• Assess rates of loss versus rates of canopy gains

  • Create a timeline for goals and strategies based on the scale of the project

    • Most cities have short, mid, and long-term goals within their plan

  • Estimate costs to achieve goals

    • Need to know where funding will come from and how to ensure funding will be sustained

    • Create a budget around goals

Commendable Tree Plans

The city of Boston has a pretty aggressive tree plan to get its urban canopy into shape.

Boston, Massachusetts

Boston's master tree plan dedicates a whole index of different tree species for use in its urban canopy. It identifies which species can be planted where (like in parks versus on streets versus on private property, etc.) and lists how a species is expected to fare with climate change. This guide helps ensure that the city invests in the right kind of tree for specific projects; this is a long-term investment meant to last. The plan had very specific and detailed goals within its main goals. Thoughtful planning for the community and the urban canopy is extensive.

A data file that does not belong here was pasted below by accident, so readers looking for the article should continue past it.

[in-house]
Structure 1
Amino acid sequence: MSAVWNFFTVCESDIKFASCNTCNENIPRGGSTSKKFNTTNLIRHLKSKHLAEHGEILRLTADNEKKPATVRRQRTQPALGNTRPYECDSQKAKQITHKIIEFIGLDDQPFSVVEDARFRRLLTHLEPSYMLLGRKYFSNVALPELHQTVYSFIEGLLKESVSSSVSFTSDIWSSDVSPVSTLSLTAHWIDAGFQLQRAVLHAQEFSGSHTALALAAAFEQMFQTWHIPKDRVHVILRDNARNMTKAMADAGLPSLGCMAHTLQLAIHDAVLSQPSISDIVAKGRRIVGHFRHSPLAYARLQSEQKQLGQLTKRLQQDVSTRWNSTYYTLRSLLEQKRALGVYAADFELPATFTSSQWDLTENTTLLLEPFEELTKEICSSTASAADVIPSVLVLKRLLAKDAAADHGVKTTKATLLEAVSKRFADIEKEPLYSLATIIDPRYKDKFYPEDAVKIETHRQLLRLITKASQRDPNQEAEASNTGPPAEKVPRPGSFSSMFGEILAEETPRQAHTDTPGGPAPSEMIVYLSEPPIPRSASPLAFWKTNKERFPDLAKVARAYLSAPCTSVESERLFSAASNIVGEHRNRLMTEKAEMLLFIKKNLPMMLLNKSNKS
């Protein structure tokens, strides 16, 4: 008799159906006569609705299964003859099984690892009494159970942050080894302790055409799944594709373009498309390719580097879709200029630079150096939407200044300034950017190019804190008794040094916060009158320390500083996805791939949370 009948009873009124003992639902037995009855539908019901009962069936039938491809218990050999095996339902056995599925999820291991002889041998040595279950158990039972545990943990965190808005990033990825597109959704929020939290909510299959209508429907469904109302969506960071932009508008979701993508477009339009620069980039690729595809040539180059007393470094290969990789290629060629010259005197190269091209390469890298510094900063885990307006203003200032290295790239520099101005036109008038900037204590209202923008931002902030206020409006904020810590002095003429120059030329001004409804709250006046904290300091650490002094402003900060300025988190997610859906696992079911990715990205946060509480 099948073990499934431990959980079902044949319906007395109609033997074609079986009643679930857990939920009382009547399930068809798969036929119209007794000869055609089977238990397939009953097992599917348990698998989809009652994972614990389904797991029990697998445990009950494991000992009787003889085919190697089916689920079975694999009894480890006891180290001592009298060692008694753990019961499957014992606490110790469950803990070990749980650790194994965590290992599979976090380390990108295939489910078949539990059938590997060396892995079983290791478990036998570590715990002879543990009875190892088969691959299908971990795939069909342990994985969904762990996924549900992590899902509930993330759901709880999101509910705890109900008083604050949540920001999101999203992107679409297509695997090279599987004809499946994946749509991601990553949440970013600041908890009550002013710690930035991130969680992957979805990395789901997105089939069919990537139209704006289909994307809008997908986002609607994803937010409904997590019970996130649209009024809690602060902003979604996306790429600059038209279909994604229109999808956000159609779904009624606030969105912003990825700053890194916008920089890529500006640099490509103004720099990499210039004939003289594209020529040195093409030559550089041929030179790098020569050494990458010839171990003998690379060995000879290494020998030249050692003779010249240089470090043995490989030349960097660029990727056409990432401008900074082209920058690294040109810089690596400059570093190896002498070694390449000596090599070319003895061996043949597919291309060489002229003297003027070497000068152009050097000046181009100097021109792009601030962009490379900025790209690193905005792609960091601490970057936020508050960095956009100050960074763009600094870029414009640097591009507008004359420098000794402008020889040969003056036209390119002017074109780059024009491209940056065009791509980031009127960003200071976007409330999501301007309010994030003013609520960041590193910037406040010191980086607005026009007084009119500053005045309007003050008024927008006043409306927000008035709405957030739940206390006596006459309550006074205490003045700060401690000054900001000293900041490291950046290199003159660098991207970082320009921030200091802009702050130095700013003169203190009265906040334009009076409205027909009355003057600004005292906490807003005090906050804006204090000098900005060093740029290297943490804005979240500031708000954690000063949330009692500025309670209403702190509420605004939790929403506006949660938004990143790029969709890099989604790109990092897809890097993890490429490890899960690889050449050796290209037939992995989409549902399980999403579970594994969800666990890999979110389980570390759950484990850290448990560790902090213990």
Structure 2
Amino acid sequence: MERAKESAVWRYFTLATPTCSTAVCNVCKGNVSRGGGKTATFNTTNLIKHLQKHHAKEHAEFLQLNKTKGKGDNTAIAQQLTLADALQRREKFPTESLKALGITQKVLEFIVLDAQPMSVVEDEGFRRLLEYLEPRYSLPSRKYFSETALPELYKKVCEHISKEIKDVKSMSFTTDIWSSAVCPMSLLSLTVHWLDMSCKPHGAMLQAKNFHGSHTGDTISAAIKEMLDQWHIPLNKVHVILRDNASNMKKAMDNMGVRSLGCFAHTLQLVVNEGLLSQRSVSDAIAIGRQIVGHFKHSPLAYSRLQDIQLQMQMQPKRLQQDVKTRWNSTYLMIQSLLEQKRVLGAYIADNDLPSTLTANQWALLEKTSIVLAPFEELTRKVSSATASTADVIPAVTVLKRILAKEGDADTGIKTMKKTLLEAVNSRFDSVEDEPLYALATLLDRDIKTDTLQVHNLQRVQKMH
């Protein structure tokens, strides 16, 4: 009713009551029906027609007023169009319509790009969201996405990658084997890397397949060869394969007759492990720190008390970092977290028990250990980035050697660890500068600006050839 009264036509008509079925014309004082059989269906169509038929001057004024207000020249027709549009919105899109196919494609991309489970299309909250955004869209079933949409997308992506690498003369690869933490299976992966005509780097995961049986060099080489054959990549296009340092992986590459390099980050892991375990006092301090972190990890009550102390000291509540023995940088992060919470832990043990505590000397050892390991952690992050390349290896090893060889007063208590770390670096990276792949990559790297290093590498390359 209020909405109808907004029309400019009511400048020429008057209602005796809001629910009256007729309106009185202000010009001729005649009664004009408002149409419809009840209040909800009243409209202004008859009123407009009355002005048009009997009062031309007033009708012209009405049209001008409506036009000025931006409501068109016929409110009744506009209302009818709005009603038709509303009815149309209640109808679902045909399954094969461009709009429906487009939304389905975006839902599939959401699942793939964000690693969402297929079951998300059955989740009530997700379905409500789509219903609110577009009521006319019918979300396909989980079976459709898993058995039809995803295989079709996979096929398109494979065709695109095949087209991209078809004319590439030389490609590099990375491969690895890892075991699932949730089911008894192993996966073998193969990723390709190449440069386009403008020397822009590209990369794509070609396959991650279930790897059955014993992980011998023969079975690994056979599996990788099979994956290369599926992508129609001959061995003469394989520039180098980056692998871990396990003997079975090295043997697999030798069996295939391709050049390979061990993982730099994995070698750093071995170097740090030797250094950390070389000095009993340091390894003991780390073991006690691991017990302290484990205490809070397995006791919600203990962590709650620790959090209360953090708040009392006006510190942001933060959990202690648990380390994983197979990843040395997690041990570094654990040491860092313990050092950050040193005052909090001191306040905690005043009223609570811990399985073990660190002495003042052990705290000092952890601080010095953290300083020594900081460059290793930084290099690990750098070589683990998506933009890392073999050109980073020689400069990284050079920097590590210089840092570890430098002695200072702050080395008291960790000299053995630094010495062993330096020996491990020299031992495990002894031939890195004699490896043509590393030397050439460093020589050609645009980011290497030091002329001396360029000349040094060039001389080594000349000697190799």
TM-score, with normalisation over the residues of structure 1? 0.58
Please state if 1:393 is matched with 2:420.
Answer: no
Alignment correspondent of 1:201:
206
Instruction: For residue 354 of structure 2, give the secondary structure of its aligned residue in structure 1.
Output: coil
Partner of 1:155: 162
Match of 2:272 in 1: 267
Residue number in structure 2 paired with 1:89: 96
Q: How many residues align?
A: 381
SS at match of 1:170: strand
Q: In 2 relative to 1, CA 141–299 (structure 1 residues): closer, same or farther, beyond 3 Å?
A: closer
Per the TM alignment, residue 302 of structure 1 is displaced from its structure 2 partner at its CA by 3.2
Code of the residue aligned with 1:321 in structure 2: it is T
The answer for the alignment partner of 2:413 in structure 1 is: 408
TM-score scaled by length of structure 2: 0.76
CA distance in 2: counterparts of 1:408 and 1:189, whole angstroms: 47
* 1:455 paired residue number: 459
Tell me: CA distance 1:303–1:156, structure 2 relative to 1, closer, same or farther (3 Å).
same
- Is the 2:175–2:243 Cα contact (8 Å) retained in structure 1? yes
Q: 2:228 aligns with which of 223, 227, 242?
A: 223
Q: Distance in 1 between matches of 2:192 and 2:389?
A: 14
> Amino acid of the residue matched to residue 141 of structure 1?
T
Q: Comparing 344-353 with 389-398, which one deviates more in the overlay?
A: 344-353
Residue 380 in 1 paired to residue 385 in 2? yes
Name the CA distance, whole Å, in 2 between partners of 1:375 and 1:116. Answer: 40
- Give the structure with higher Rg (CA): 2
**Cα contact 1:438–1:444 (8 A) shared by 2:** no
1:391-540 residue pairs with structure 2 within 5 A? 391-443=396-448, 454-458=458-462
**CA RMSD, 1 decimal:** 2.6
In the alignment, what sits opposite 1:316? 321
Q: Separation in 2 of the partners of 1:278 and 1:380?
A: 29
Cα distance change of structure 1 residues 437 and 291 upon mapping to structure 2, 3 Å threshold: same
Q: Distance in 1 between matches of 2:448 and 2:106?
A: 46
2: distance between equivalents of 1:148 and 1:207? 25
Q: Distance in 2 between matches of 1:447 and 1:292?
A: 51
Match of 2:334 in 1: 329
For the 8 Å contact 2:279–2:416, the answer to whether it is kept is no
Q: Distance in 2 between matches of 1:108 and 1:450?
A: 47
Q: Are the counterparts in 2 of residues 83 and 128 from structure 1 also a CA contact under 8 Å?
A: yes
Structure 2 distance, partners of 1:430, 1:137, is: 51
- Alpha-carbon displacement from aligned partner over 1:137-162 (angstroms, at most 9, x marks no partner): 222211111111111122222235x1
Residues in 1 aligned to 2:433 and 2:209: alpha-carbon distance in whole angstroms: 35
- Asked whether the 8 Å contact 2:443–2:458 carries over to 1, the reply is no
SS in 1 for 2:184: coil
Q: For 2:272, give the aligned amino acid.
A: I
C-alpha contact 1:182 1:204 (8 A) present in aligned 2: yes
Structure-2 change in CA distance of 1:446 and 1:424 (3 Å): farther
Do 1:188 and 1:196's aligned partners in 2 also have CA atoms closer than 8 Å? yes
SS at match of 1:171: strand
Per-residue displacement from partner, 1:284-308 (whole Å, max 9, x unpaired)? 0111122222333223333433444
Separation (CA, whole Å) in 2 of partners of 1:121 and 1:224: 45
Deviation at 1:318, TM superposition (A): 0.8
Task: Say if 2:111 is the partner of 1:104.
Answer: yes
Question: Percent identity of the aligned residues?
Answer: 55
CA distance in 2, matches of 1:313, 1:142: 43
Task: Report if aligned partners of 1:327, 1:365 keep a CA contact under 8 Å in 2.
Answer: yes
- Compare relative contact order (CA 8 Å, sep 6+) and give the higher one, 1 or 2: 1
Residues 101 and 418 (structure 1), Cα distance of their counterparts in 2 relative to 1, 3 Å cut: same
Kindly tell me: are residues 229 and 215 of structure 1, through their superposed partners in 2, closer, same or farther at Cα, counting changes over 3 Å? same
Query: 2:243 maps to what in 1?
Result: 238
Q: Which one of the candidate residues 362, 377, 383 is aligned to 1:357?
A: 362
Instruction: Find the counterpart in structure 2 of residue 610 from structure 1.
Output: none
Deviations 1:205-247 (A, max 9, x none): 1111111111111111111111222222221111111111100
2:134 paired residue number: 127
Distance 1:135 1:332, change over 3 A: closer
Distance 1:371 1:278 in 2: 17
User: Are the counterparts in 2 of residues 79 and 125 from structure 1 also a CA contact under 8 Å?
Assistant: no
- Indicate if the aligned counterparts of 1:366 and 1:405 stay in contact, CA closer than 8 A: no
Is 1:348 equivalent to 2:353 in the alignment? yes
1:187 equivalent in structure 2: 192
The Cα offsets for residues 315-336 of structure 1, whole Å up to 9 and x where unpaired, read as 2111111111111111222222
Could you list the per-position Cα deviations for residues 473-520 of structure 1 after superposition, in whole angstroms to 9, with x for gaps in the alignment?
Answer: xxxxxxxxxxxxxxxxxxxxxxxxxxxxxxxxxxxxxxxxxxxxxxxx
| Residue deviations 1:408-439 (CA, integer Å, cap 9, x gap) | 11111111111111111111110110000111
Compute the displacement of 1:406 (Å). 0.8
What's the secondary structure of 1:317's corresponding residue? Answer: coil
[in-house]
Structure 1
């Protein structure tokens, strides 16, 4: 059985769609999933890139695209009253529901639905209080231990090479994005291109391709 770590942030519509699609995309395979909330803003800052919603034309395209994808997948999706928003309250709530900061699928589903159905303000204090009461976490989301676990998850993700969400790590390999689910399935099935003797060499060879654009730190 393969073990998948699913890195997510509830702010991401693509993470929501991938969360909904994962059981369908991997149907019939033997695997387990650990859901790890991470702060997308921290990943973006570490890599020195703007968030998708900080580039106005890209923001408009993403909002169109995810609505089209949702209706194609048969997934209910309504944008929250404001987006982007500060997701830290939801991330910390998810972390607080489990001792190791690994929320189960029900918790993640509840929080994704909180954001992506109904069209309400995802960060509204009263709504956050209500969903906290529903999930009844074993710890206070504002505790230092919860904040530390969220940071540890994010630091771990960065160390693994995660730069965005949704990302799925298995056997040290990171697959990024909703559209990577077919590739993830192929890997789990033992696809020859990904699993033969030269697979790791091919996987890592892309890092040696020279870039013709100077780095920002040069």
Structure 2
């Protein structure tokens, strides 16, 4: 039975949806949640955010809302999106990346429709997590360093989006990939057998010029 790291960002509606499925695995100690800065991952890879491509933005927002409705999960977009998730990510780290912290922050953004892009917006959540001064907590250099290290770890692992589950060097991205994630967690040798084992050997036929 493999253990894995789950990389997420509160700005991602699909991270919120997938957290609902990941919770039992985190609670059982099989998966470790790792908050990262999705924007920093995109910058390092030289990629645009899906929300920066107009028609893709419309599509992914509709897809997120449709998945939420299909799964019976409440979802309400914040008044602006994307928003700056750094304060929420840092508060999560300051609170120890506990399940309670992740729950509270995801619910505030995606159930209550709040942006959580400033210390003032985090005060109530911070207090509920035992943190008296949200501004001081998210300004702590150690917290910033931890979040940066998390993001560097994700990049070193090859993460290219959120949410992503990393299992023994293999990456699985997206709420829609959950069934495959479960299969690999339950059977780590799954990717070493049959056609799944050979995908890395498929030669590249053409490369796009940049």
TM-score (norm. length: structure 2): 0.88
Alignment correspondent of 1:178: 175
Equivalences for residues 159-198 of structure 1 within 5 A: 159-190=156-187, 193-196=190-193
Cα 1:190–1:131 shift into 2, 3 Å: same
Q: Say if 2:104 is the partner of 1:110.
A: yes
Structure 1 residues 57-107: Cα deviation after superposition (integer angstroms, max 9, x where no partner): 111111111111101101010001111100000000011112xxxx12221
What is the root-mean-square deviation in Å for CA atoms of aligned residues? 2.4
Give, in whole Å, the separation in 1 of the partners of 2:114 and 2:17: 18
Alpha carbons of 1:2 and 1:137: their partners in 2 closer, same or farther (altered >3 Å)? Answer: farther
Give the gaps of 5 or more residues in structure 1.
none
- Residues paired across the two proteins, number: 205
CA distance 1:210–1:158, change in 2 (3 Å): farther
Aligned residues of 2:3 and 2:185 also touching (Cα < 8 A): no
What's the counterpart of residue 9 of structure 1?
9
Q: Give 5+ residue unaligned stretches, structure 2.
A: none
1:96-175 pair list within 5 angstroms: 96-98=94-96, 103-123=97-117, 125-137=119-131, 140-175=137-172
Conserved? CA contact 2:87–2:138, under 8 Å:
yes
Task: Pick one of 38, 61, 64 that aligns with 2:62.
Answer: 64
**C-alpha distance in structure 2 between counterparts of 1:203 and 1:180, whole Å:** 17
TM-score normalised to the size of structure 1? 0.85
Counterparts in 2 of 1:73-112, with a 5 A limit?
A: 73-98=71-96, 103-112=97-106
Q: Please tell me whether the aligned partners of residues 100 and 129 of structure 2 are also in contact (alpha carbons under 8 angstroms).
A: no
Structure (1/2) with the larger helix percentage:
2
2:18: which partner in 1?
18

Philadelphia, Pennsylvania

Officially published just this year, the Philly Tree Plan is quite impressive. It has very clear graphics and data visuals that outline problems with Philly's urban canopy. With well-defined strategies, this plan demonstrates how it plans to meet its goals in the next decade. The plan estimates costs to reach 30% tree cover, while factoring canopy losses, in different sections of the city and on different land types (parks, residential lots, schools, and public facilities). With expansive resources available to the public, it is clear that community involvement is a top priority.